Lithium has become a "critical mineral" for climate change mitigation, as a key component of lithium-ion batteries that store energy for electric vehicles, smart devices, and renewable power plants. Drawing on a forthcoming report for the Natural Resources Defense Council (NRDC) in collaboration with the Plurinational Observatory of Andean Salt Flats (OPSAL), this virtual lecture by Assistant Professor James J.A. Blair will interrogate how the reliance on brine evaporation as an extraction method for lithium mining is exacerbating conditions of ecological exhaustion and limiting water availability in South America.
Exhausted: The Slow Violence of Lithium Brine Evaporation
Thursday, May 6 | 12 p.m. (PST)
Email email@example.com to receive Zoom link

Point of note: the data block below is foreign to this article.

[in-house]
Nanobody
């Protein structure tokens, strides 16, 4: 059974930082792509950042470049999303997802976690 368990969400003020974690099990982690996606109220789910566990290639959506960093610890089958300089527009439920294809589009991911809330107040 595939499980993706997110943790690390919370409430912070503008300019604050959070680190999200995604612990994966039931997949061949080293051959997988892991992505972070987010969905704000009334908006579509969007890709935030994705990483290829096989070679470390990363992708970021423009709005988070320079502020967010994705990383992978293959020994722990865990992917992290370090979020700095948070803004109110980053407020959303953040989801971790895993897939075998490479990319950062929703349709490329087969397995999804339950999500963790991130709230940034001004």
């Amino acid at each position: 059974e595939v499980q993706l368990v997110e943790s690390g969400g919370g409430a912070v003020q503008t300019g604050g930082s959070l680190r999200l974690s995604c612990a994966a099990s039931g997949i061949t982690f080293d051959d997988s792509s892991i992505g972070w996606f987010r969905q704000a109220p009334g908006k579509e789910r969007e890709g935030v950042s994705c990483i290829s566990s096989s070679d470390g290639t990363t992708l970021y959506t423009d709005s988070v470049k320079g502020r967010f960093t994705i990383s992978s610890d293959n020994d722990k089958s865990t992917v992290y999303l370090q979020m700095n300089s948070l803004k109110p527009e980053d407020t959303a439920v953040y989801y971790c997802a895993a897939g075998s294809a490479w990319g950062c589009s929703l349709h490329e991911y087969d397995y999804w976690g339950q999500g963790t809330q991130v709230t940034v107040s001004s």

Blair is the regenerative studies graduate coordinator and teaches at the Lyle Center and at the Department of Geography and Anthropology in the College of Letters, Arts, and Social Sciences. He authored a chapter ("Extractivismo del Litio y el Problema de la Escala: AcciÃ³n ClimÃ¡tica Global y Justicia Ambiental Local/ "Lithium Extractivism and the Problem of Scale: Global Climate Action and Local Environmental Justice") in "Salares Andinos (Andean Salt Flats)," a Spanish-language book about the struggle over water and brine in Atacama. He has published single-authored peer-reviewed articles in: Environment and Planning E: Nature and Space; Tapuya: Latin American Science, Technology and Society; the Journal of Ethnobiology; and the Journal of the Royal Anthropological Institute (JRAI). His public writing has appeared in the Natural Resources Defense Council (NRDC) Expert Blog, the North American Congress on Latin America (NACLA) Report, the A&E Engagement blog and The Economist.